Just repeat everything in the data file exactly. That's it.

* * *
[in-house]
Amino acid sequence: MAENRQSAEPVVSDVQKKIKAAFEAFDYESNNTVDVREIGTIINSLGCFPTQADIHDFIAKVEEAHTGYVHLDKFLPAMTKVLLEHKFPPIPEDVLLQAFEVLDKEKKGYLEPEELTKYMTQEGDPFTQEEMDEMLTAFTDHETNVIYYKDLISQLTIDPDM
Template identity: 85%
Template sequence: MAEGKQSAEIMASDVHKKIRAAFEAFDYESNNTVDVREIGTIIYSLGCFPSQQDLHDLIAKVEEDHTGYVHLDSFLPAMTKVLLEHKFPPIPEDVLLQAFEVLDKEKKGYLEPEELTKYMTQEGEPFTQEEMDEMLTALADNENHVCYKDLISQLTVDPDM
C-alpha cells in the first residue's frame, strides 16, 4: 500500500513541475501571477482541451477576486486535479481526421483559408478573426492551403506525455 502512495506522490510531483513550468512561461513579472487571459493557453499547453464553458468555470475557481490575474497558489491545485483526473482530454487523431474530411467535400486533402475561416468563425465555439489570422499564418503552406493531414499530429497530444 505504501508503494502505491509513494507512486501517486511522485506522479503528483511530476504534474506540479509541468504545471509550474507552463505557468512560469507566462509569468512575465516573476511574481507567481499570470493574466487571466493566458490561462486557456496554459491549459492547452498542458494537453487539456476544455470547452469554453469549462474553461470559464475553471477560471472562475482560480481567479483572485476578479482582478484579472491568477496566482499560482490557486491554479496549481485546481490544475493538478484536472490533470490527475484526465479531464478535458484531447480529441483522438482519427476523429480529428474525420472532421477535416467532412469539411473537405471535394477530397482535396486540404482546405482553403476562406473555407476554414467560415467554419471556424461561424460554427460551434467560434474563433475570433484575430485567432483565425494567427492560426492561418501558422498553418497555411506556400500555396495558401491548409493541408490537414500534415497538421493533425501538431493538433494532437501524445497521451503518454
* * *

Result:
[in-house]
Amino acid sequence: MAENRQSAEPVVSDVQKKIKAAFEAFDYESNNTVDVREIGTIINSLGCFPTQADIHDFIAKVEEAHTGYVHLDKFLPAMTKVLLEHKFPPIPEDVLLQAFEVLDKEKKGYLEPEELTKYMTQEGDPFTQEEMDEMLTAFTDHETNVIYYKDLISQLTIDPDM
Template identity: 85%
Template sequence: MAEGKQSAEIMASDVHKKIRAAFEAFDYESNNTVDVREIGTIIYSLGCFPSQQDLHDLIAKVEEDHTGYVHLDSFLPAMTKVLLEHKFPPIPEDVLLQAFEVLDKEKKGYLEPEELTKYMTQEGEPFTQEEMDEMLTALADNENHVCYKDLISQLTVDPDM
C-alpha cells in the first residue's frame, strides 16, 4: 500500500513541475501571477482541451477576486486535479481526421483559408478573426492551403506525455 502512495506522490510531483513550468512561461513579472487571459493557453499547453464553458468555470475557481490575474497558489491545485483526473482530454487523431474530411467535400486533402475561416468563425465555439489570422499564418503552406493531414499530429497530444 505504501508503494502505491509513494507512486501517486511522485506522479503528483511530476504534474506540479509541468504545471509550474507552463505557468512560469507566462509569468512575465516573476511574481507567481499570470493574466487571466493566458490561462486557456496554459491549459492547452498542458494537453487539456476544455470547452469554453469549462474553461470559464475553471477560471472562475482560480481567479483572485476578479482582478484579472491568477496566482499560482490557486491554479496549481485546481490544475493538478484536472490533470490527475484526465479531464478535458484531447480529441483522438482519427476523429480529428474525420472532421477535416467532412469539411473537405471535394477530397482535396486540404482546405482553403476562406473555407476554414467560415467554419471556424461561424460554427460551434467560434474563433475570433484575430485567432483565425494567427492560426492561418501558422498553418497555411506556400500555396495558401491548409493541408490537414500534415497538421493533425501538431493538433494532437501524445497521451503518454